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November 2006
CO Detectors Help Save Lives: A Follow-Up

Detectors Should be Changed Every Five Years

In our September issue of The Walton EMC Gasette, we ran an article about the importance of having carbon monoxide (CO) detectors. However, a key message was omitted: CO detectors have a typical lifespan of five years. Dawn Olivares, a Walton EMC Natural Gas customer, learned about this lifespan first hand.

One November evening in 2005, Olivares sat in her Lilburn home with her children, then 16-year-old Elizabeth, and 18-year-old Christopher. She was sitting down to pay bills, as she had done many times before. However, this time was different. As she tried to spell out the word “hundred” on a check, she recalls, she could not write the word.

She looked to the floor where Elizabeth was napping, something not that uncommon for a teenager, says Olivares. But when she tried to wake her, says Olivares, “she just kind of raised her head up and stared at me.”

Olivares thought the incident was strange, but wrote it off as they all went to bed.

The next morning, the children got up and went to school. Olivares, the owner of an advertising agency, sat in front of her computer to work. Before she knew it, two hours had passed, and she was still staring at her computer. Thinking this was unusual, she decided to look up the symptoms of CO poisoning online—something, she thought, that could be caused by her 28-year-old furnace. She noticed that they had a few of the symptoms—headaches, sleepiness and a little dizziness, but discounted it, knowing that they had CO detectors in the home.

Still concerned about the way she was feeling, Olivares made a series of phone calls, eventually contacting her home warranty company. She explained the situation and the representative told her to immediately turn off the furnace and open the windows. When a company representative arrived at her home soon after the phone call, he detected CO buildup. Olivares changed the furnace as soon as she could.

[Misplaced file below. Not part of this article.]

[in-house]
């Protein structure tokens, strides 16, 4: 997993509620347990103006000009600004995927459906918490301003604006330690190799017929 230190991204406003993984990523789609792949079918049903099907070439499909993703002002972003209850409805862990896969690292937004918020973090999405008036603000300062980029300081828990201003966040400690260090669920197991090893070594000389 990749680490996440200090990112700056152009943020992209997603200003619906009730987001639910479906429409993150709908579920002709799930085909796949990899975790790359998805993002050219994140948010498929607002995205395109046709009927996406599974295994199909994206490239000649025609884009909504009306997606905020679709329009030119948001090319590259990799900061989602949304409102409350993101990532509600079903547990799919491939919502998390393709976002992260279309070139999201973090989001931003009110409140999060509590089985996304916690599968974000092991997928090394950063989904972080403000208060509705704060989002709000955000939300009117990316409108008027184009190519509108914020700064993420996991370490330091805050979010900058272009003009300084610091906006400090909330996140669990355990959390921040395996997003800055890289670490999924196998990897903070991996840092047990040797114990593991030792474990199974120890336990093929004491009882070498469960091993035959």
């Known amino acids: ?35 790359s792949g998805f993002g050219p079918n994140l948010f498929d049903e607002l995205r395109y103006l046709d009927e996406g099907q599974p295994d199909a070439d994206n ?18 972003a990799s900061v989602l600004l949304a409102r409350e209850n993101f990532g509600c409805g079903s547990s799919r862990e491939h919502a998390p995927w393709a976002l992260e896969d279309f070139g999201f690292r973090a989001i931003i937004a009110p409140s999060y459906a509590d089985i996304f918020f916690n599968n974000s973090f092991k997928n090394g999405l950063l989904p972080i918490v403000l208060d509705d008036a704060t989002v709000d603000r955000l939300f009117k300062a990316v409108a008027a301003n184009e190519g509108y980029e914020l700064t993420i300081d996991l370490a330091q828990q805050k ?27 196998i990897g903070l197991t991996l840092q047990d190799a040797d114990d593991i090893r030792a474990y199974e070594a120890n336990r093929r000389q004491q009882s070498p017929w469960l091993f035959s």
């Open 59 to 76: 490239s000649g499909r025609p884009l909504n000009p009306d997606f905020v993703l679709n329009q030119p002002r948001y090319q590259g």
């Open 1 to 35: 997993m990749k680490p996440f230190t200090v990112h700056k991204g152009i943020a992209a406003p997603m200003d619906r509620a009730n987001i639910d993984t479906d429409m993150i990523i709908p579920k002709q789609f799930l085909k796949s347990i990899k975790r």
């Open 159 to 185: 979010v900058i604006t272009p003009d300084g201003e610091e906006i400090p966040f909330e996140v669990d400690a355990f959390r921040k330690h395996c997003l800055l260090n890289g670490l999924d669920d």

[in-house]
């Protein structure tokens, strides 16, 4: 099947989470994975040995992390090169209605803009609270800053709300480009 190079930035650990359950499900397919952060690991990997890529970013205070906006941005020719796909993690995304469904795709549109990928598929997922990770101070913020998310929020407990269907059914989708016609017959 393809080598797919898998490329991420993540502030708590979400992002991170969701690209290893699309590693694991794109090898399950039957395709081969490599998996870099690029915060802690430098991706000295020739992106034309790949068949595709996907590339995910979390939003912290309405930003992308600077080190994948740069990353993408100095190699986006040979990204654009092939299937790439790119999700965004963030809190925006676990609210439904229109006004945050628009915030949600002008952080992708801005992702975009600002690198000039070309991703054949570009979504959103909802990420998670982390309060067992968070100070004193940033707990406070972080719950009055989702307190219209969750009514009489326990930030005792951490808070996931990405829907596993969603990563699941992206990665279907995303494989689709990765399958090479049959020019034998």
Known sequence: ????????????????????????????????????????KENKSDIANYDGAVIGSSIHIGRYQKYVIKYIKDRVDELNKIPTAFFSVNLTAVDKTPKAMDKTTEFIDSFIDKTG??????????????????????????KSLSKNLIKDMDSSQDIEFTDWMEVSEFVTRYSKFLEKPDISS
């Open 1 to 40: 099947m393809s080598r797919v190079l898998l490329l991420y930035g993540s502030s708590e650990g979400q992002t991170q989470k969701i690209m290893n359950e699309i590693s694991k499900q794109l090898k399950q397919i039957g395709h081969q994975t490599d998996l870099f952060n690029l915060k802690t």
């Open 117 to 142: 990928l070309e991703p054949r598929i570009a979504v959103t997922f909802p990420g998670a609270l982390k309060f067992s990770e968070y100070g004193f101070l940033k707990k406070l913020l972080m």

Even after the furnace was changed, Olivares says, she kept thinking, “Why didn't the CO detectors go off?'” When she called the manufacturer of the CO detectors, she learned an important piece of information. Even though her CO detectors were properly placed, they had a lifespan of only five years.

“One of my CO detectors was five years and 11 months,” she says, “and it did not go off.” The other was just over six years old.

Had the detectors only been changed at or before five years, this could have been prevented. “[The lifespan] is not common knowledge,” says Olivares. That is why she tries to use her story to inform others and hopefully help prevent potentially worse situations. “We were lucky,” she says. “Our situation could have been a lot worse.”

CO detectors should never be substituted for using equipment safely—which includes having heating and cooking appliances inspected yearly by a trained professional. Olivares had skipped a yearly maintenance on her furnace—a maintenance which could also have prevented the problem.

FYI: Smoke detectors have a lifespan, too, which is generally eight to ten years. Check the manufacturer's information to determine the lifespan of your smoke detector and CO detector.

Did You Know?

  • Symptoms of CO poisoning include headaches, dizziness and weakness, nausea and vomiting, stinging eyes, sleepiness and heart flutters. However, symptoms are rare. Therefore, don't count on symptoms to know that there is CO present in your home.
  • If you suspect CO buildup in your home, go outside and call 911.
  • When purchasing a CO detector, always look at the manufacturing date on the back (you never know how long it has been on the store shelf) and never buy one from a yard sale.
  • What to do now: Check the back of all of your CO detectors for the manufacturing date. If it is more than five years old, get a new one. If you do not have CO detectors in your home or business, get one for every floor.